Subscribe: Comments on iPhylo: Visualising very big trees, Part II
http://iphylo.blogspot.com/feeds/6581774564210673187/comments/default
Added By: Feedage Forager Feedage Grade B rated
Language: English
Tags:
big trees  big  bit gap  bitmap  curiosity generate  equivalent zooming  firstly bit  fisheye  imagemap  maps  tree  trees  wanting  zooming 
Rate this Feed
Rate this feedRate this feedRate this feedRate this feedRate this feed
Rate this feed 1 starRate this feed 2 starRate this feed 3 starRate this feed 4 starRate this feed 5 star

Comments (0)

Feed Details and Statistics Feed Statistics
Preview: Comments on iPhylo: Visualising very big trees, Part II

Comments on iPhylo: Visualising very big trees, Part II





Updated: 2014-04-24T08:06:22.899+01:00

 



Firstly, there's a bit of a gap between what I'd l...

2007-08-04T22:12:00.000+01:00

Firstly, there's a bit of a gap between what I'd like to do and what the first experiment achieves. Click and reload is rather like zoom I agree. At this stage I'm exploring what is doable (by me).

The reason for being able to see the entire picture while at the same time zoomed in on one part is to maintain a sense of context, and my impression from the computer science literature is that usability studies suggest this matters (I'll try and dig up some references for you).

Regarding fisheye, the issue is likely to be one of scalability. The Dogo example (and the Mac OS X Dock) are tiny examples compared to a tree with 1000s of nodes. To do fish eye effectively I think you'd need to either have the tree in memory (which programs such as Dendroscopecan do)
), or really fast access to a server that would return new co-ordinates for each transformation -- neither of which seems easy to do for big trees over the web. One strategy might be to use a simpler transformation, such as bifocal visualisation (see, for example, The Bifocal Tree: a Technique for the Visualization of Hierarchical Information Structures).

Regarding the image maps, these are generated using a C++ program for parsing and drawing trees (based on code I use in TreeView X), then I use ImageMagick to convert the output to a bitmap. The C++ program also generates the image maps.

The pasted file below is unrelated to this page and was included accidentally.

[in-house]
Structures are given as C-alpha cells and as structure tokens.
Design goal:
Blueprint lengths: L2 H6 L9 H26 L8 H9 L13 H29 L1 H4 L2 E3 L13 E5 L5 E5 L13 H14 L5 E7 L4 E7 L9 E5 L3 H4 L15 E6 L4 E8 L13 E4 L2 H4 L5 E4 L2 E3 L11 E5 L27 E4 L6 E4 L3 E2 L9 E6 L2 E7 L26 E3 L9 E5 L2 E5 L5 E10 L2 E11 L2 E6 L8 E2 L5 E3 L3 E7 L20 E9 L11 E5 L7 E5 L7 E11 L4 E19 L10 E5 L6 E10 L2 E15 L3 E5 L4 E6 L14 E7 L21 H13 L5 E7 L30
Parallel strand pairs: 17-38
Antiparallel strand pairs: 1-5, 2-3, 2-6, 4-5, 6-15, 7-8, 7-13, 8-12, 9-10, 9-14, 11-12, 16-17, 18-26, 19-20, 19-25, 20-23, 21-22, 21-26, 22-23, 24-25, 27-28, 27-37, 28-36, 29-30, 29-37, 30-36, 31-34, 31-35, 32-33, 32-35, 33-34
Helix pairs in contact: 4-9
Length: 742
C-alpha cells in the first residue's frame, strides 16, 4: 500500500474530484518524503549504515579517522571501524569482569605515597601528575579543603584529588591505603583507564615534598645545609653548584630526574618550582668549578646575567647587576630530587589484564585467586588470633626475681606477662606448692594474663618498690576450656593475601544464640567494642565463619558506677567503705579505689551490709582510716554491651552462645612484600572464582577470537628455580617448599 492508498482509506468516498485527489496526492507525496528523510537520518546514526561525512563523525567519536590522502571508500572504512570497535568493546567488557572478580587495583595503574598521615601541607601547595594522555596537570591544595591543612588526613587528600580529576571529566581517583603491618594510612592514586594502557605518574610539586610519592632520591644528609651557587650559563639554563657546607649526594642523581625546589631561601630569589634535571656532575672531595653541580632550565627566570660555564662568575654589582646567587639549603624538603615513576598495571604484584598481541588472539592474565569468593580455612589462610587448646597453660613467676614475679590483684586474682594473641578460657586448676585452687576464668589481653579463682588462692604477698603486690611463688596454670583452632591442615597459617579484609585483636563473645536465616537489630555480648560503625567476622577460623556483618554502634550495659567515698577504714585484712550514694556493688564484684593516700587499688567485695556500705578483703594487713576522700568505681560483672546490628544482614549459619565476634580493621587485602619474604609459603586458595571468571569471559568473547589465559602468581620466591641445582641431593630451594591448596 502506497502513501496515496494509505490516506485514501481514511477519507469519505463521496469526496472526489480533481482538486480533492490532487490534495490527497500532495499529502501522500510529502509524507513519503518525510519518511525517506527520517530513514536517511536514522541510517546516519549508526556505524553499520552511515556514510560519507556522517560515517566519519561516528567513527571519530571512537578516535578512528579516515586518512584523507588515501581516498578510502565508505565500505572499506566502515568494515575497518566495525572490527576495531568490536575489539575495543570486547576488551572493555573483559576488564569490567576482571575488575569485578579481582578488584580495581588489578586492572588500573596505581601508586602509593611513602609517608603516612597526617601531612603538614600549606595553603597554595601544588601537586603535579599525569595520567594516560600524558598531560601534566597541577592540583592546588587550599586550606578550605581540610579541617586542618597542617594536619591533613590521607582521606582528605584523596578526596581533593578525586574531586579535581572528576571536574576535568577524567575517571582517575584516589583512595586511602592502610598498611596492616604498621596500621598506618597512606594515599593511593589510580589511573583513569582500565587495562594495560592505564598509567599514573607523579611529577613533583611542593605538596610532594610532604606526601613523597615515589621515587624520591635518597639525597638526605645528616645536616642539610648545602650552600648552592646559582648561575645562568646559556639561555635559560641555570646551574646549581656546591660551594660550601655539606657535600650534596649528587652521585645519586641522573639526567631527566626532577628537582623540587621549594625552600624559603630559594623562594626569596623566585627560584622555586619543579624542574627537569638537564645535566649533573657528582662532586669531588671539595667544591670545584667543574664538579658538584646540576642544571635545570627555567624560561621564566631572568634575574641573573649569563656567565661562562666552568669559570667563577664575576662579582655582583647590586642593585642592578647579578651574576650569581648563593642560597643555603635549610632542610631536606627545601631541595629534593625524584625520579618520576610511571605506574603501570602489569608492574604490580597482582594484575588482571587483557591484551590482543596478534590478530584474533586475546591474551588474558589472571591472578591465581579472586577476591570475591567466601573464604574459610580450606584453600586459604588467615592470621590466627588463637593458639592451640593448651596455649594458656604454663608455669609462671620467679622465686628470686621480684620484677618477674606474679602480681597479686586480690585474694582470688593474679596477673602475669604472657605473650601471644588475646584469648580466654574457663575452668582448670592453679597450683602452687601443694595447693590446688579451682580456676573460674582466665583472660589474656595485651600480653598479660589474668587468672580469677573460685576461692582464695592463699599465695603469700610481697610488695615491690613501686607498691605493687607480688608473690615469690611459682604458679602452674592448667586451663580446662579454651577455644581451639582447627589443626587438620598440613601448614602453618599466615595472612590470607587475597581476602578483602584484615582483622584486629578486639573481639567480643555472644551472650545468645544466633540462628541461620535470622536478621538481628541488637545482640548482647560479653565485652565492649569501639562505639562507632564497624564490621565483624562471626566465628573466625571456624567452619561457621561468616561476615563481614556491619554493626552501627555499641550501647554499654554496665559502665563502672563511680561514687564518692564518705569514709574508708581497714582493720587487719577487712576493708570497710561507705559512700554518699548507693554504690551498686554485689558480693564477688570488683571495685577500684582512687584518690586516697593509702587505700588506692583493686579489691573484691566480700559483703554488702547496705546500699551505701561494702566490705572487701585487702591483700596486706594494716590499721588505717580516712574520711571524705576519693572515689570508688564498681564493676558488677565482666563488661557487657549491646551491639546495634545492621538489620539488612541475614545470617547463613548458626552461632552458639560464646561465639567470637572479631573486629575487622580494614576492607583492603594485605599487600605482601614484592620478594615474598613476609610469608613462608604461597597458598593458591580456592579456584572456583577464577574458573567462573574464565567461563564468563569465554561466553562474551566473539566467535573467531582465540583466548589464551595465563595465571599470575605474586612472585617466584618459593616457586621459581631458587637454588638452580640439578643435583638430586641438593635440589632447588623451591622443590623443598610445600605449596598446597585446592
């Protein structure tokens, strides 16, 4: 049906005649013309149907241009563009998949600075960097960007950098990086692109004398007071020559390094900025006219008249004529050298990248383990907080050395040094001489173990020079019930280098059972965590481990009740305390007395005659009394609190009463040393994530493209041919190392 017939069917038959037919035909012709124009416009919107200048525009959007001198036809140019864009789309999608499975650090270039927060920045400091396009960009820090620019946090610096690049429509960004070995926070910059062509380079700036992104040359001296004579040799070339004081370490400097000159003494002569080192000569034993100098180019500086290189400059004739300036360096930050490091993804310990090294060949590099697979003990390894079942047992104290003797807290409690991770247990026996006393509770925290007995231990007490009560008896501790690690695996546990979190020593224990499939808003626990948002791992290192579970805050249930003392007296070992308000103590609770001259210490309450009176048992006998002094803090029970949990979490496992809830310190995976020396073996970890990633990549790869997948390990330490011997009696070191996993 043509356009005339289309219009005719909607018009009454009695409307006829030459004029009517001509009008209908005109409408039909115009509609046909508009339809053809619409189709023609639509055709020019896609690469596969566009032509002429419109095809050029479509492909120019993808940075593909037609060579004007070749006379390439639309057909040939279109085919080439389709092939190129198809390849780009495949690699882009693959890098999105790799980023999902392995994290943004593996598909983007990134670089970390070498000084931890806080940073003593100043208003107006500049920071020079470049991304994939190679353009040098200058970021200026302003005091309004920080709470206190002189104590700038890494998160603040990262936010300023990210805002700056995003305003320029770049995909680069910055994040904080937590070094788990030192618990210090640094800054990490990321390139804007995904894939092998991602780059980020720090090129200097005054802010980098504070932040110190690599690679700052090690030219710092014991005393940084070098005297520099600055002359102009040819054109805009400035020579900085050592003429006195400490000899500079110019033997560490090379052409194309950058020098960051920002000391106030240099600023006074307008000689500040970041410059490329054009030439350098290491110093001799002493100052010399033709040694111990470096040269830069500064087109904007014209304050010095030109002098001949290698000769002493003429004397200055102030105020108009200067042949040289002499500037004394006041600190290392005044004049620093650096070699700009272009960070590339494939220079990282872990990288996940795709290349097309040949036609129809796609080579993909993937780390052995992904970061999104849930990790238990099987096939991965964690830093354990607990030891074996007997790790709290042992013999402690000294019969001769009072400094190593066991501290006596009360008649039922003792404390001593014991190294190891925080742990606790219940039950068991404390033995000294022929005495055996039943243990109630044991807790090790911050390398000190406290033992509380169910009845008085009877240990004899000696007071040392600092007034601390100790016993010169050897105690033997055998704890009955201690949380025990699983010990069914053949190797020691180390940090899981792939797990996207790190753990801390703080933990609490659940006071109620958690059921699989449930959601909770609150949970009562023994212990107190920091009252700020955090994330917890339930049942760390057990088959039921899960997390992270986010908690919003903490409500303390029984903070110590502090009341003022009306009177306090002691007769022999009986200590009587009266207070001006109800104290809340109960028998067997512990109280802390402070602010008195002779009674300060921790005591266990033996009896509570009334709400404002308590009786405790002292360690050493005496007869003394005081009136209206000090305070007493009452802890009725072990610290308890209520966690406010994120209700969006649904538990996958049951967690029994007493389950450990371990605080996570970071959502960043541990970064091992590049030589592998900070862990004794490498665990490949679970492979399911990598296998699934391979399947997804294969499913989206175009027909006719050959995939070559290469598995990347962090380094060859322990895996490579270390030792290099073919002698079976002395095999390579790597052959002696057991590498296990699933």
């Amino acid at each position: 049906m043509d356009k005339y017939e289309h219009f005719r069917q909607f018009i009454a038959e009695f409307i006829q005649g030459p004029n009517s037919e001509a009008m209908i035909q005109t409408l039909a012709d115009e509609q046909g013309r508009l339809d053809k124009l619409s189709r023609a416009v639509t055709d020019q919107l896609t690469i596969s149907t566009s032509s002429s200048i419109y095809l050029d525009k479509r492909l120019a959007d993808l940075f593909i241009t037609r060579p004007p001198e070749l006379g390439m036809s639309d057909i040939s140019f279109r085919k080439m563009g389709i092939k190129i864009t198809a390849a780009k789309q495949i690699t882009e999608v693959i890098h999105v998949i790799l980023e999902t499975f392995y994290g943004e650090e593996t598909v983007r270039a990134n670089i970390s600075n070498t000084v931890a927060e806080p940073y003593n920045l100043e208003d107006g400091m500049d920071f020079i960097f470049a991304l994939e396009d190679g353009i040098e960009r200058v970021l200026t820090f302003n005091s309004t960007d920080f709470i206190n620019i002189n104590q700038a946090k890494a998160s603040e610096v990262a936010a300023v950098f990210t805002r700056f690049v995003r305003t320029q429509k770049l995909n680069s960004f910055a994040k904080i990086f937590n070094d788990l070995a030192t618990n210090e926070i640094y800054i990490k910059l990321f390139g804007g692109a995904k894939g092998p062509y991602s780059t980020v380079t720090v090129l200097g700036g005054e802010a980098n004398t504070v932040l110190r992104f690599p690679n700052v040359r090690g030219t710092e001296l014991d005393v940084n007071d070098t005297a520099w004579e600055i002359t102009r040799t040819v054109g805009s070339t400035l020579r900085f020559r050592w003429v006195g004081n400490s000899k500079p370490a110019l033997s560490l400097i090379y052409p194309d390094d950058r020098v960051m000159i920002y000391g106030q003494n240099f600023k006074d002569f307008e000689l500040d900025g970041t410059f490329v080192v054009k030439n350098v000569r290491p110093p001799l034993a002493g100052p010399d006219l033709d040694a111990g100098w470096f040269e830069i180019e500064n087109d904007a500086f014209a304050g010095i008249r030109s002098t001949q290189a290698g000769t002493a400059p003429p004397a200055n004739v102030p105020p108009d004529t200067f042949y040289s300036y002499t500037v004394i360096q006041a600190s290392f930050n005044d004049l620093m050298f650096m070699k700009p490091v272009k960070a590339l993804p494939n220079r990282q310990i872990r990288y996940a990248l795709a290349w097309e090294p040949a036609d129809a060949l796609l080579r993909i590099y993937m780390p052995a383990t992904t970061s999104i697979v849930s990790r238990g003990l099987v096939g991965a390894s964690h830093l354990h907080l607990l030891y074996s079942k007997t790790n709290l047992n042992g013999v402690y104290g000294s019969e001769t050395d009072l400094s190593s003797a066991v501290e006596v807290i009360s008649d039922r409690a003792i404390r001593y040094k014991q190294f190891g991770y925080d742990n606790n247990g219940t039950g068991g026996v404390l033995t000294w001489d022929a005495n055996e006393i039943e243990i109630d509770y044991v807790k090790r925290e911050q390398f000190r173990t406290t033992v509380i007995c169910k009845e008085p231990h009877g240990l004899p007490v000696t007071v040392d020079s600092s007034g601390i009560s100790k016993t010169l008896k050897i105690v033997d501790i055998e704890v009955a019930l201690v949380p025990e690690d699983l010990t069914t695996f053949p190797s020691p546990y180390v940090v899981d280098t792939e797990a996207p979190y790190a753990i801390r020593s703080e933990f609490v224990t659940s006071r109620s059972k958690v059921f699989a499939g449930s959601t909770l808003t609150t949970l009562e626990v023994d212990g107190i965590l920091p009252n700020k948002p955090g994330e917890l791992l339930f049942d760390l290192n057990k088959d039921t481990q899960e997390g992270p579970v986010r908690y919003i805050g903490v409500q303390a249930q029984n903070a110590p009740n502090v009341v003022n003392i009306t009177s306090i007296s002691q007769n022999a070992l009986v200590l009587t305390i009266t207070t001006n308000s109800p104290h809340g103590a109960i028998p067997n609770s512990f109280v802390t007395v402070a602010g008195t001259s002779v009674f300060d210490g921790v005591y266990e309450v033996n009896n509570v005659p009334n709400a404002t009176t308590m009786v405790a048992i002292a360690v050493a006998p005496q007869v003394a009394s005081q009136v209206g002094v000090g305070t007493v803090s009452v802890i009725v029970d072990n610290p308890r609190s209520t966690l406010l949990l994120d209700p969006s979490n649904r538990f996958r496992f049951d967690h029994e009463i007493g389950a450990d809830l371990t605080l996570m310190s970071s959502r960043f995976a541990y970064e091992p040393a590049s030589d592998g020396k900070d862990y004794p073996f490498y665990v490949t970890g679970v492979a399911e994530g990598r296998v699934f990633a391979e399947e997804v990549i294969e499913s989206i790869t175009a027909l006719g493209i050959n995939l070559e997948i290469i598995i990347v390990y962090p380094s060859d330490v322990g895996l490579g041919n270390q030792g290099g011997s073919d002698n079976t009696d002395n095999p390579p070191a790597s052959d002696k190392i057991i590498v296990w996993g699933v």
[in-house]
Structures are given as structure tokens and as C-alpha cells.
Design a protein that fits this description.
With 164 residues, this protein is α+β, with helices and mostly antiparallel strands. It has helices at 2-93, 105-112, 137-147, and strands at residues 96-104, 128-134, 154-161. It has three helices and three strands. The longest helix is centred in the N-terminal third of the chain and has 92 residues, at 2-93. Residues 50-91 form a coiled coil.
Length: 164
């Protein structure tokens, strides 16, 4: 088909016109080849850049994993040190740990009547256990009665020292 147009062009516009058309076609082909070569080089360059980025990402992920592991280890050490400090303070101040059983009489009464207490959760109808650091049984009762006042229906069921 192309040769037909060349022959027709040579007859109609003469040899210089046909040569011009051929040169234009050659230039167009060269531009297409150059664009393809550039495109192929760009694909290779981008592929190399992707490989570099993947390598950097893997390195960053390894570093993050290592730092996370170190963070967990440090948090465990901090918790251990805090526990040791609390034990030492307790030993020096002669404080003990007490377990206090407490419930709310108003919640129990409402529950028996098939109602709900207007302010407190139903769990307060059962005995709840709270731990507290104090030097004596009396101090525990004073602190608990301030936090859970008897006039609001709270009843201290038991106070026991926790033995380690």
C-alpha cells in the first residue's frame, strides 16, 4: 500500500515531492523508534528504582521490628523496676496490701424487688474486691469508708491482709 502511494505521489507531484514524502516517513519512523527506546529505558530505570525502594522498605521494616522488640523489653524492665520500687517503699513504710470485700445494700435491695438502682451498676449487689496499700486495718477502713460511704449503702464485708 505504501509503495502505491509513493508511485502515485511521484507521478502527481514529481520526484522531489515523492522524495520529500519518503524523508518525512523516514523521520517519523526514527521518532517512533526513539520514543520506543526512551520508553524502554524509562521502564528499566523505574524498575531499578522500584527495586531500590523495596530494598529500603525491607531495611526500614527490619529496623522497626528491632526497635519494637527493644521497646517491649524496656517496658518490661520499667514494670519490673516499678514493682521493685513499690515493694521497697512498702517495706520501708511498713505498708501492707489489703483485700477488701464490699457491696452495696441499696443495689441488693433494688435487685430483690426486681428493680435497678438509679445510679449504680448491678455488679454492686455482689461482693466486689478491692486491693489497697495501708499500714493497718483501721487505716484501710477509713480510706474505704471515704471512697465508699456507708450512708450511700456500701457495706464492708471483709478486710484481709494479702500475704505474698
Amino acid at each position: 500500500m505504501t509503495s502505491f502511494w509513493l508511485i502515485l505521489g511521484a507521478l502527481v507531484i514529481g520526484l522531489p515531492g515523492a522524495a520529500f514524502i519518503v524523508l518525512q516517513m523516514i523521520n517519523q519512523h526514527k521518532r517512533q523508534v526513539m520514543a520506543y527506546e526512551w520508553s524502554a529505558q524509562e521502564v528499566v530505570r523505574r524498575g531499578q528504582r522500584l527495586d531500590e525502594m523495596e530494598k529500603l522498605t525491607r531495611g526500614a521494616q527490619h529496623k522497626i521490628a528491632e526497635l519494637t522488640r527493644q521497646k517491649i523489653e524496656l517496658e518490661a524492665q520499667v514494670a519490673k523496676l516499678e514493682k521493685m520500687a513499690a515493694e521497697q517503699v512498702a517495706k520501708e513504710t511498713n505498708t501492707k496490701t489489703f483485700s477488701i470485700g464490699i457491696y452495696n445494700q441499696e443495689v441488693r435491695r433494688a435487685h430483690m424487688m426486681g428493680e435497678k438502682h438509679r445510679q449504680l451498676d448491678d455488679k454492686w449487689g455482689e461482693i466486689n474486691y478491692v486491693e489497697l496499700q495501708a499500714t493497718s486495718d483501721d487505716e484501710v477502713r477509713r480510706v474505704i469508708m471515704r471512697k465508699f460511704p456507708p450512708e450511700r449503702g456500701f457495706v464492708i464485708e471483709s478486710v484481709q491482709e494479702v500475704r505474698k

However, this evening I've abandoned image maps in favour of DIVs, because I can now show the user where they are in the tree when they click (I hope to get this next version up online later this week).



Out of curiosity, what are you using to generate y...

2007-08-04T21:12:00.000+01:00

Out of curiosity, what are you using to generate your imagemaps? I muck around with MapServer, which has a pretty good imagemap generator (see: HERE). It's entirely possible that this could be kludged to pull data from a backend & overlay the imagemap on pre-existing bitmap trees.



Now I am starting to appreciate what you're wantin...

2007-08-04T20:58:00.000+01:00

Now I am starting to appreciate what you're wanting to do. But, I'm still not convinced that panning and zooming is a problem so perhaps I need to have it better explained. What is the value in being able to simultaneously see a large portion of a tree while zoomed into a specific branch? I assumed the cognitive significance of wanting to see more detail is to temporarily push aside the big picture. Isn't your bitmap-based solution of clicks & page reloads equivalent to zooming in where the browser back button is equivalent to zooming out? You can however implement some AJAX without any great difficulty to expand/contract branches with onclick events or to also make use of the fisheye zoom (e.g. the Dojo toolkit: http://dojotoolkit.org/demos)